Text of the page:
Such calumnies are so ingrained by now that La Dowd published that sentence on Sunday, three days after the release of the Robb-Silberman report that refutes it. The bipartisan commission headed by Chuck Robb and Laurence Silberman did not give Chalabi a totally clean bill of health. It found that two INC-supplied defectors were "fabricators." But it also determined that the most notorious liar popularly linked to the INC — a defector known as "Curveball" who provided false information on Saddam Hussein's biological weapons — "was not influenced by, controlled by, or connected to the INC."
"In fact, over all," the Robb-Silberman report concluded, "CIA's postwar investigations revealed that INC-related sources had a minimal impact on prewar assessments." Translation: The CIA's attempts to scapegoat Chalabi for its own failures won't wash.
This is only one of many unsubstantiated accusations against Chalabi. Last August, for instance, an Iraqi judge issued an arrest warrant for Chalabi and his nephew, Salem Chalabi. Ahmad was supposedly guilty of counterfeiting, Salem of having an Iraqi official murdered. Within weeks the bizarre charges were dropped for lack of evidence.
Unfortunately, no court of law has examined the accusations made by anonymous U.S. spooks that Chalabi told the Iranian government that one of its codes had been broken by the United States. U.S. officials claimed that they found out Chalabi was the source of the leak because they were able to decode a message to that effect to Tehran. But why would Iranian agents use the compromised code to transmit that information? And how would a foreign national such as Chalabi get access to secret intercepts? Guess we're supposed to take the U.S. intelligence community's word for all this, even though its judgment has been discredited in every outside inquiry.
Then there's the charge that Chalabi was guilty of fraud at a Jordanian bank he once owned. A secret Jordanian military tribunal convicted him in absentia in 1992. Chalabi argues that this was a frame-up by Jordanians eager to seize his assets and curry favor with Hussein. The truth may come out in a lawsuit that Chalabi has filed in the U.S. against the Jordanian government. In the meantime, claims that he's a swindler must be treated with skepticism....
Posted on: Thursday, April 7, 2005 - 15:21
With the passage last week of a budget bill in Israel, the government of Ariel Sharon appears to be ready to remove more than 8,000 Israelis living in Gaza with force, if necessary.
In addition to the legal dubiousness of this step and its historical unprecedented nature (challenge to the reader: name another democracy that has forcibly removed thousands its own citizens from their lawful homes), the planned withdrawal of all Israeli installations from Gaza amounts to an act of monumental political folly.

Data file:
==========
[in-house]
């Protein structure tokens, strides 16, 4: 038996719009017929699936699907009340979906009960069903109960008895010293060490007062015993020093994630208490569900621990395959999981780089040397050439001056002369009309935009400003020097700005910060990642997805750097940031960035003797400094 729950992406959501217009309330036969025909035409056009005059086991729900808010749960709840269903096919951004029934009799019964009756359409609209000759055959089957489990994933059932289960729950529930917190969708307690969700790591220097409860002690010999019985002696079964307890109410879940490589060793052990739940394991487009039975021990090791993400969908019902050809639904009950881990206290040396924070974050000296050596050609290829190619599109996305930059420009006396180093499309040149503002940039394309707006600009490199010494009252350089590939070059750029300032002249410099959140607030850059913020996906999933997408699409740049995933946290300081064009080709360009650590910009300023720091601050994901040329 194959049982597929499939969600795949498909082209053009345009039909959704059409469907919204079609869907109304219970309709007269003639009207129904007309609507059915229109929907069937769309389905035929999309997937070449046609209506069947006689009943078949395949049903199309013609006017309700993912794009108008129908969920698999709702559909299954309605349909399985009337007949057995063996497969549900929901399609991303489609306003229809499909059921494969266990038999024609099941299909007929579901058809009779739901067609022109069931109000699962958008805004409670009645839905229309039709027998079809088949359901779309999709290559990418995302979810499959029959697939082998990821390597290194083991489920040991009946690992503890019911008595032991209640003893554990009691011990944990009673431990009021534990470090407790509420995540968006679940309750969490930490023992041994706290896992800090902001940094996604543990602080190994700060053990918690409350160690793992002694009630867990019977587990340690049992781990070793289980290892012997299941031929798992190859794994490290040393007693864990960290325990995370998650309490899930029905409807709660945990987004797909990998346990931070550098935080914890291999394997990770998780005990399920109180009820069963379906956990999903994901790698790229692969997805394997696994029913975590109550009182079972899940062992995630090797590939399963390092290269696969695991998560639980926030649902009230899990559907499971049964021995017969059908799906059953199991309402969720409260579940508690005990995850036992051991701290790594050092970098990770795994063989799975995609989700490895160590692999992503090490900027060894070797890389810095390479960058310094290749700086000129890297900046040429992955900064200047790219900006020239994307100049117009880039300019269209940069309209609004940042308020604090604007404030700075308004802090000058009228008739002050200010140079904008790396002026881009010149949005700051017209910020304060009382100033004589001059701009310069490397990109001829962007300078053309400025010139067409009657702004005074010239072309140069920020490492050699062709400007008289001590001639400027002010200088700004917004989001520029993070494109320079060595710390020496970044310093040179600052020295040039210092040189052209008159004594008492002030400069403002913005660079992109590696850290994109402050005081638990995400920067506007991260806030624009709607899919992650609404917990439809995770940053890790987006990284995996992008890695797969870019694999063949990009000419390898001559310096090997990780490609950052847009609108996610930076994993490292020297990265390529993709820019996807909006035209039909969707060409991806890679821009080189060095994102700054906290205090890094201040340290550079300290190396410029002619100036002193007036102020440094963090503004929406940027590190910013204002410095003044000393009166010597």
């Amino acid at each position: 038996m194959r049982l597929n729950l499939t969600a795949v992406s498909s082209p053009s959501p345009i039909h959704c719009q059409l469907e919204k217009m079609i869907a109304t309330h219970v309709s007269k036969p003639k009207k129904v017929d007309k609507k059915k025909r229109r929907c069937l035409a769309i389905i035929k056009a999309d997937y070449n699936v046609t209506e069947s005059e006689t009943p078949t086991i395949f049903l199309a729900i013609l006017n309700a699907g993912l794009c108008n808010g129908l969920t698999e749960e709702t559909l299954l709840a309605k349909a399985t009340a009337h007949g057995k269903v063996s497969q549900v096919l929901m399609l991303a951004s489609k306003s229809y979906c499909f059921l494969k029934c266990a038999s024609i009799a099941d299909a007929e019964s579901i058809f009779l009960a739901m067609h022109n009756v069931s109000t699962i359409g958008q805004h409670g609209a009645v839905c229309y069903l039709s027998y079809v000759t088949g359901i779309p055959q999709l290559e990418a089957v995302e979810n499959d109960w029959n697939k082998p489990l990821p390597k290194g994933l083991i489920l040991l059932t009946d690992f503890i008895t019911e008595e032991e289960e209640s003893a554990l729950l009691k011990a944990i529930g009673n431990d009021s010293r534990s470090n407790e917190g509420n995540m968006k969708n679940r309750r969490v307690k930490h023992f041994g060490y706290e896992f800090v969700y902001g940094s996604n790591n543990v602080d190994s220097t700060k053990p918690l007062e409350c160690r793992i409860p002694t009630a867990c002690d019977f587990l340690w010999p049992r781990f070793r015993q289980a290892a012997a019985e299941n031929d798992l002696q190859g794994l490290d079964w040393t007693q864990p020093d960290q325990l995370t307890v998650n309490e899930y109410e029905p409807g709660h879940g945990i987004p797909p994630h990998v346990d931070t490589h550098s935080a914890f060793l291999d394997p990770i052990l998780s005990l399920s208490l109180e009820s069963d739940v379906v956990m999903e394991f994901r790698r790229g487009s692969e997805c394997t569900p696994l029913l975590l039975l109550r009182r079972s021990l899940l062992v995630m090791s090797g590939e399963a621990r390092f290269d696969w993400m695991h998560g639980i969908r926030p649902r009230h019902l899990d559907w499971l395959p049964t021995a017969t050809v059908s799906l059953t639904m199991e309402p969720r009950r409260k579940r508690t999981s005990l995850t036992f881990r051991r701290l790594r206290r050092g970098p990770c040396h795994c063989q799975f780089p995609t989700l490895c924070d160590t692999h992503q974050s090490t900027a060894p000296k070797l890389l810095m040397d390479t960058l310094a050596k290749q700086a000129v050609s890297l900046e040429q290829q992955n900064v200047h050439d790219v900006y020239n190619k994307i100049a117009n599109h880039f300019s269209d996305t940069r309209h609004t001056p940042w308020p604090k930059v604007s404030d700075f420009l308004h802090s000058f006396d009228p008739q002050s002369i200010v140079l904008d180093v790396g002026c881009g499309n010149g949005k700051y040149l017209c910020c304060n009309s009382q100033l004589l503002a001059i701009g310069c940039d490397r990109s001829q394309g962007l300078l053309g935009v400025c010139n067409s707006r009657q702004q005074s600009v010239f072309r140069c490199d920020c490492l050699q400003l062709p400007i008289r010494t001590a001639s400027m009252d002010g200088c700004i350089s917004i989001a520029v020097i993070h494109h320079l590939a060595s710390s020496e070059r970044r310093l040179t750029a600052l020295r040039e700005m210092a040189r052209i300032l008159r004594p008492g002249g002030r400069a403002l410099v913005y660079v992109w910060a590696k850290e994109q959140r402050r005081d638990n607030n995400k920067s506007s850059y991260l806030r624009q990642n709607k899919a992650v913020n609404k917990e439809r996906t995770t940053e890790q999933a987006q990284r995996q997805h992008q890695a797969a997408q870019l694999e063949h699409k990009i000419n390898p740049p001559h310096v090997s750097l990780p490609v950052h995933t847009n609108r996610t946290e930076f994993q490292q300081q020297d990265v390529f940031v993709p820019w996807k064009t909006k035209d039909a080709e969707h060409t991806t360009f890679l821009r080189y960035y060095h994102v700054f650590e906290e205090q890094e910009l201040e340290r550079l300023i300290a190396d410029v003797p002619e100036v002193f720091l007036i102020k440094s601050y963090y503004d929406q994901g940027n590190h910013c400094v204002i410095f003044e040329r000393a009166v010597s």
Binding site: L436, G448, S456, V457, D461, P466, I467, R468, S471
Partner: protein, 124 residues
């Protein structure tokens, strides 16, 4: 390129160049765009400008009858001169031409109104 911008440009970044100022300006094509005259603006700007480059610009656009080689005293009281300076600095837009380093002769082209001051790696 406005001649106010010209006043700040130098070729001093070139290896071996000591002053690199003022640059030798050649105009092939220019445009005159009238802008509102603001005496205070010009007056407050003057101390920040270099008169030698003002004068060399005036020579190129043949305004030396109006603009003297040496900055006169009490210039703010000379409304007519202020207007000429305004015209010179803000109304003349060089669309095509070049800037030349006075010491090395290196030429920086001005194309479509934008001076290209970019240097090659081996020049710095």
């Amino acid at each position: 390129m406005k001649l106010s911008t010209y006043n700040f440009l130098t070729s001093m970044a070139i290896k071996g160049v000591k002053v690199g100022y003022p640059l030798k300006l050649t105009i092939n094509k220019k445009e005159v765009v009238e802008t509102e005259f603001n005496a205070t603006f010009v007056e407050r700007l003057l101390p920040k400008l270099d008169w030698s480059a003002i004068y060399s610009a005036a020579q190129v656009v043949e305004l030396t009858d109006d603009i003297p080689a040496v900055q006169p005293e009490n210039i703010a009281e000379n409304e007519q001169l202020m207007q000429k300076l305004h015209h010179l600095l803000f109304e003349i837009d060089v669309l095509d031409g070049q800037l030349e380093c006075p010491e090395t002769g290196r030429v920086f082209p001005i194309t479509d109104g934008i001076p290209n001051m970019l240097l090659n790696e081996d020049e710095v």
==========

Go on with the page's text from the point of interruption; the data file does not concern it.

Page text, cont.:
It also comes as an astounding surprise. After the Oslo round of Israeli-Palestinian negotiations (1993-2001) ended in disaster, many Israelis looked back on Oslo's faulty assumptions, their own naïveté, and resolved not to repeat that bitter experience. Israelis awoke from the delusion that giving the Palestinians land, money, and arms in return for airy-fairy and fraudulent promises would lessen Palestinian hostility. They realized that, to the contrary, this imbalance enhanced Palestinian rejection of the very existence of the Jewish state.
By early 2001, a divided Israeli electorate had largely re-unified. When Mr. Sharon became prime minister in February 2001, a wiser leadership had apparently taken over in Jerusalem, one that recognized the need for Israel to return to toughness and deterrence.
These optimistic expectations were indeed fulfilled for nearly three years, 2001-03. Mr. Sharon engaged in a quite masterful double diplomacy in which he simultaneously showed a cheery face (toward the American government and his leftist coalition partners) and a tough one (toward his Likud constituents and the Palestinians). The purposefulness and underlying consistency of his premiership from the start impressed many observers, including this one; I assessed Sharon's record to be"a virtuoso performance of quietly tough actions mixed with voluble concessions."
Mr. Sharon decisively won re-election in January 2003 over Amram Mitzna, a Labor opponent who advocated an Oslo-style unilateral retreat from Gaza. Mr. Sharon unambiguously condemned this idea back then:"A unilateral withdrawal is not a recipe for peace. It is a recipe for war." After winning the election, his talks in February 2003 about forming a coalition government with Mr. Mitzna failed because Mr. Sharon so heavily emphasized the"strategic importance" of Israelis living in Gaza.